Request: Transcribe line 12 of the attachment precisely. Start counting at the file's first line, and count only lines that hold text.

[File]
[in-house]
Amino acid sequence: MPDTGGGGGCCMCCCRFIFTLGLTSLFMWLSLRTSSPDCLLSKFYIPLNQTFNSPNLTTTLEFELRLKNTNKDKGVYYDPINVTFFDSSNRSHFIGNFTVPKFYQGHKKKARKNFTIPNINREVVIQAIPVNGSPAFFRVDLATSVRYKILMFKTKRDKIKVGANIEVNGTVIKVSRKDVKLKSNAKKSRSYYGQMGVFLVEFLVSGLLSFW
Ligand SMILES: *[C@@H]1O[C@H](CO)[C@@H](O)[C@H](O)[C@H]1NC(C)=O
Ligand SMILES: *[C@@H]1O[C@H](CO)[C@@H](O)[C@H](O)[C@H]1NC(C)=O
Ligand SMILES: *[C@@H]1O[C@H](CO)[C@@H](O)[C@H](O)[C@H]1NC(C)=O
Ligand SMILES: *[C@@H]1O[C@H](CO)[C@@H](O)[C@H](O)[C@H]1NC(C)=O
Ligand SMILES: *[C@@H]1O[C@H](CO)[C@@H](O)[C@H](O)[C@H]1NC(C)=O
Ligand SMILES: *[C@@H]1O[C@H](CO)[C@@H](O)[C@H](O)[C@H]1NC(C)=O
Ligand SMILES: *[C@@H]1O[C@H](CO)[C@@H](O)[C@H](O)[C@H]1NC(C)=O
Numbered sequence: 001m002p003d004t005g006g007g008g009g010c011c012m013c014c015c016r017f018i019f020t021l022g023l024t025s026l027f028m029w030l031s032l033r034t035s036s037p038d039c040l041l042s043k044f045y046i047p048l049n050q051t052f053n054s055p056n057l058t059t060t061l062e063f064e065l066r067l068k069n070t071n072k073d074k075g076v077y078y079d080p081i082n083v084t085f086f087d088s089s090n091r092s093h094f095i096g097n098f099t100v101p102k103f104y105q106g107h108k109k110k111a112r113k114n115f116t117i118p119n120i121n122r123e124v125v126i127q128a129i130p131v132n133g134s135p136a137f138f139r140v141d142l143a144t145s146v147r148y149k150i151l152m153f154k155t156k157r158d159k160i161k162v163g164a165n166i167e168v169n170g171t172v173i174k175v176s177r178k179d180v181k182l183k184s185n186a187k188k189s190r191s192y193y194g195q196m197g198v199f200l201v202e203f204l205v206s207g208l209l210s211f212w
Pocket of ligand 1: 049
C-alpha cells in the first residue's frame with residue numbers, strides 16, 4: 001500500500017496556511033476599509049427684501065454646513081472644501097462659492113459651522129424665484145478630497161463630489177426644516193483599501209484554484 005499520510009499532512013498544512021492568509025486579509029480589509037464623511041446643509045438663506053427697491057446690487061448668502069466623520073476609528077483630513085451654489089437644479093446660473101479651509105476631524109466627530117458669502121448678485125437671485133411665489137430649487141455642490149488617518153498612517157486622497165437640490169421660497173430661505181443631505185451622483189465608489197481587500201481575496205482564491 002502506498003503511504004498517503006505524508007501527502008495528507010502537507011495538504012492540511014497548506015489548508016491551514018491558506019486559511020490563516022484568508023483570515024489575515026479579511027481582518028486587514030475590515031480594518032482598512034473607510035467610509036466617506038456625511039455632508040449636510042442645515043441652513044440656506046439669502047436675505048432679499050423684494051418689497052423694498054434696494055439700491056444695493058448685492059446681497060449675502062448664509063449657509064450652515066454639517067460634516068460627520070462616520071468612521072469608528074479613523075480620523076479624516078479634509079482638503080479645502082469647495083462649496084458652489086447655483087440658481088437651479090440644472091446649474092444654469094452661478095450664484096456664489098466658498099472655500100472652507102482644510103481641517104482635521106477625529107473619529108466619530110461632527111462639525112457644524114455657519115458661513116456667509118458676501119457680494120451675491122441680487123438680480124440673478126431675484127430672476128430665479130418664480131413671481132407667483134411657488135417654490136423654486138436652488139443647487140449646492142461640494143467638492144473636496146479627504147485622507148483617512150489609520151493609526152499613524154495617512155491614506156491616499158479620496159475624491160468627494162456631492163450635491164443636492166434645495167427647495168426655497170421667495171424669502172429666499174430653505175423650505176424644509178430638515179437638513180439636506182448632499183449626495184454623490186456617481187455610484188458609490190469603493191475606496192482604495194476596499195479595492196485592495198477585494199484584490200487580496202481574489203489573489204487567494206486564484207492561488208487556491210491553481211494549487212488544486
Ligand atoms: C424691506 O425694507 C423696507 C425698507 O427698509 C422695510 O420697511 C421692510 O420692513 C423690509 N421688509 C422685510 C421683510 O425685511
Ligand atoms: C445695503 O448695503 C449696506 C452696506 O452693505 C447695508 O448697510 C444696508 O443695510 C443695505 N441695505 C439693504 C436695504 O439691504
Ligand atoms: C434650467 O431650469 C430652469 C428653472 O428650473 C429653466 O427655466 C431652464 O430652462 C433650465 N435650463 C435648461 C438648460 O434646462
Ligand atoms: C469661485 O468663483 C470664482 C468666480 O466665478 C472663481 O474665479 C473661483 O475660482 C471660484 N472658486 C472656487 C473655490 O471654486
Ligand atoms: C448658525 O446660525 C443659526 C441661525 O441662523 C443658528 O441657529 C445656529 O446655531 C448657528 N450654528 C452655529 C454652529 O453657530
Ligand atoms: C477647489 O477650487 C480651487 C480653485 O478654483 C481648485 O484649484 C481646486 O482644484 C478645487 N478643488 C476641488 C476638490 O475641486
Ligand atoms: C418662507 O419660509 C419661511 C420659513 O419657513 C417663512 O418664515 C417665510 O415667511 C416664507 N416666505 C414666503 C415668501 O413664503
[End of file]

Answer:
C-alpha cells in the first residue's frame with residue numbers, strides 16, 4: 001500500500017496556511033476599509049427684501065454646513081472644501097462659492113459651522129424665484145478630497161463630489177426644516193483599501209484554484 005499520510009499532512013498544512021492568509025486579509029480589509037464623511041446643509045438663506053427697491057446690487061448668502069466623520073476609528077483630513085451654489089437644479093446660473101479651509105476631524109466627530117458669502121448678485125437671485133411665489137430649487141455642490149488617518153498612517157486622497165437640490169421660497173430661505181443631505185451622483189465608489197481587500201481575496205482564491 002502506498003503511504004498517503006505524508007501527502008495528507010502537507011495538504012492540511014497548506015489548508016491551514018491558506019486559511020490563516022484568508023483570515024489575515026479579511027481582518028486587514030475590515031480594518032482598512034473607510035467610509036466617506038456625511039455632508040449636510042442645515043441652513044440656506046439669502047436675505048432679499050423684494051418689497052423694498054434696494055439700491056444695493058448685492059446681497060449675502062448664509063449657509064450652515066454639517067460634516068460627520070462616520071468612521072469608528074479613523075480620523076479624516078479634509079482638503080479645502082469647495083462649496084458652489086447655483087440658481088437651479090440644472091446649474092444654469094452661478095450664484096456664489098466658498099472655500100472652507102482644510103481641517104482635521106477625529107473619529108466619530110461632527111462639525112457644524114455657519115458661513116456667509118458676501119457680494120451675491122441680487123438680480124440673478126431675484127430672476128430665479130418664480131413671481132407667483134411657488135417654490136423654486138436652488139443647487140449646492142461640494143467638492144473636496146479627504147485622507148483617512150489609520151493609526152499613524154495617512155491614506156491616499158479620496159475624491160468627494162456631492163450635491164443636492166434645495167427647495168426655497170421667495171424669502172429666499174430653505175423650505176424644509178430638515179437638513180439636506182448632499183449626495184454623490186456617481187455610484188458609490190469603493191475606496192482604495194476596499195479595492196485592495198477585494199484584490200487580496202481574489203489573489204487567494206486564484207492561488208487556491210491553481211494549487212488544486